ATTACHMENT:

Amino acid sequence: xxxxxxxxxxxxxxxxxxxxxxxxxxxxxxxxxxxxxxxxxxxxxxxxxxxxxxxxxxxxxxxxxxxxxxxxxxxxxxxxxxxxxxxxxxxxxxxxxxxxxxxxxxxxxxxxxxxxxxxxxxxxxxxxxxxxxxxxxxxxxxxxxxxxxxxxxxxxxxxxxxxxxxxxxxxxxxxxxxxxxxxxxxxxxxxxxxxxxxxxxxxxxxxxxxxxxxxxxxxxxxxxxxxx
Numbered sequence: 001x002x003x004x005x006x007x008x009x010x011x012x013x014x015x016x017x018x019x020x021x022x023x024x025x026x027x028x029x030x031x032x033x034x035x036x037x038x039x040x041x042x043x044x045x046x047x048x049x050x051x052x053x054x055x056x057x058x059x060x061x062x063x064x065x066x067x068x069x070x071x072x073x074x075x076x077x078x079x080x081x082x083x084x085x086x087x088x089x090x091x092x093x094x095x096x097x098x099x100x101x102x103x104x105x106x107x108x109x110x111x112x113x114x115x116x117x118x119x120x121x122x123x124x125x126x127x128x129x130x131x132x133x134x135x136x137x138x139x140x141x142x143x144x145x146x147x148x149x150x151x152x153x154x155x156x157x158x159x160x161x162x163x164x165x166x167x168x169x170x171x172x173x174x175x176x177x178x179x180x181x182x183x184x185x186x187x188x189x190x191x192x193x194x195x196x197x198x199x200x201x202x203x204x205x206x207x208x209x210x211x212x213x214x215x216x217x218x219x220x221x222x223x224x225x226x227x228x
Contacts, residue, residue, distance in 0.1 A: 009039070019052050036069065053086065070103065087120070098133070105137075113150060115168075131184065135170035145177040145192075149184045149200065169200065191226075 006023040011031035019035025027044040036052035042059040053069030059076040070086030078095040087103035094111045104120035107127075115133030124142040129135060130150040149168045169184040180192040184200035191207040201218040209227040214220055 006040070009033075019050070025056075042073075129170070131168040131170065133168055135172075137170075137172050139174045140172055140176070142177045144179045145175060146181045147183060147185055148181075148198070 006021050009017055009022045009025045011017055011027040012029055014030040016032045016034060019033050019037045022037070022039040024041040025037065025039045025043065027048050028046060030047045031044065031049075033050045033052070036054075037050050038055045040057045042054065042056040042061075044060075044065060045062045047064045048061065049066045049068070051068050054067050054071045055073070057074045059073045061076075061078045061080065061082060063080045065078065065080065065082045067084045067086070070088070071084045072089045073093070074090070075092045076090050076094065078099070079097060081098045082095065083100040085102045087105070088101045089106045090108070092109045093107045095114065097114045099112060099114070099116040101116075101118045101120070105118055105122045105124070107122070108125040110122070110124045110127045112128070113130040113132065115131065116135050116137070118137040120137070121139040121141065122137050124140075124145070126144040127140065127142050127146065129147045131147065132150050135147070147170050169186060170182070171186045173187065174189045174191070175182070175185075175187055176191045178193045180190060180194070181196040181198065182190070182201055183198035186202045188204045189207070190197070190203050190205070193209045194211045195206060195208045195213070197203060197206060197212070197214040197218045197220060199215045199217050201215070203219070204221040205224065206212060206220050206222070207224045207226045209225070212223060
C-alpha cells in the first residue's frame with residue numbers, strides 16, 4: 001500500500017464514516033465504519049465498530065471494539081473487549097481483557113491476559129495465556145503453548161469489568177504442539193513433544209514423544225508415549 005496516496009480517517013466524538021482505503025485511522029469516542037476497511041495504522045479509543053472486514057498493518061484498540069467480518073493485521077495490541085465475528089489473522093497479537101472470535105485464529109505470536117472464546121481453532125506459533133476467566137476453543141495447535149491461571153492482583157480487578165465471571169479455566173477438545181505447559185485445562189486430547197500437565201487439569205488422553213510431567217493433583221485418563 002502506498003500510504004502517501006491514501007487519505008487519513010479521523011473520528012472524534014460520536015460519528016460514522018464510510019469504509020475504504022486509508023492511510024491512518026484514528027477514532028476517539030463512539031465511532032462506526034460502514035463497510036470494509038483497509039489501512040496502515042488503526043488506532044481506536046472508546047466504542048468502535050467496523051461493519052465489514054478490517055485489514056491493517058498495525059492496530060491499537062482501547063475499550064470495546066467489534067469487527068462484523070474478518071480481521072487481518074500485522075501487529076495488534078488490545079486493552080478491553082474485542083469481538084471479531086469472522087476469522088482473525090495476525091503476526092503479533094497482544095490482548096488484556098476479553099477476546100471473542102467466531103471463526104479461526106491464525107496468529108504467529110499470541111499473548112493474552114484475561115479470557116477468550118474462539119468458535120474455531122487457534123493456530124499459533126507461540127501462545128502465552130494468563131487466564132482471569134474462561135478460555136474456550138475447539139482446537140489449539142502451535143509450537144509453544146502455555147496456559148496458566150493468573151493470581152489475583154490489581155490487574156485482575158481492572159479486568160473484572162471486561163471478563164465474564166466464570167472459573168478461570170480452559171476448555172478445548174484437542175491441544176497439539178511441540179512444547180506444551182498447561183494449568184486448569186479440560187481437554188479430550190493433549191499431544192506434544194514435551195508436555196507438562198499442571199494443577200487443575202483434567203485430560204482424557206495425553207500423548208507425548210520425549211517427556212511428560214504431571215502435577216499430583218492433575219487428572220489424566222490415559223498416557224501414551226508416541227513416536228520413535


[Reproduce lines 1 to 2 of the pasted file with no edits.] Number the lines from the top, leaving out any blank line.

Amino acid sequence: xxxxxxxxxxxxxxxxxxxxxxxxxxxxxxxxxxxxxxxxxxxxxxxxxxxxxxxxxxxxxxxxxxxxxxxxxxxxxxxxxxxxxxxxxxxxxxxxxxxxxxxxxxxxxxxxxxxxxxxxxxxxxxxxxxxxxxxxxxxxxxxxxxxxxxxxxxxxxxxxxxxxxxxxxxxxxxxxxxxxxxxxxxxxxxxxxxxxxxxxxxxxxxxxxxxxxxxxxxxxxxxxxxxx
Numbered sequence: 001x002x003x004x005x006x007x008x009x010x011x012x013x014x015x016x017x018x019x020x021x022x023x024x025x026x027x028x029x030x031x032x033x034x035x036x037x038x039x040x041x042x043x044x045x046x047x048x049x050x051x052x053x054x055x056x057x058x059x060x061x062x063x064x065x066x067x068x069x070x071x072x073x074x075x076x077x078x079x080x081x082x083x084x085x086x087x088x089x090x091x092x093x094x095x096x097x098x099x100x101x102x103x104x105x106x107x108x109x110x111x112x113x114x115x116x117x118x119x120x121x122x123x124x125x126x127x128x129x130x131x132x133x134x135x136x137x138x139x140x141x142x143x144x145x146x147x148x149x150x151x152x153x154x155x156x157x158x159x160x161x162x163x164x165x166x167x168x169x170x171x172x173x174x175x176x177x178x179x180x181x182x183x184x185x186x187x188x189x190x191x192x193x194x195x196x197x198x199x200x201x202x203x204x205x206x207x208x209x210x211x212x213x214x215x216x217x218x219x220x221x222x223x224x225x226x227x228x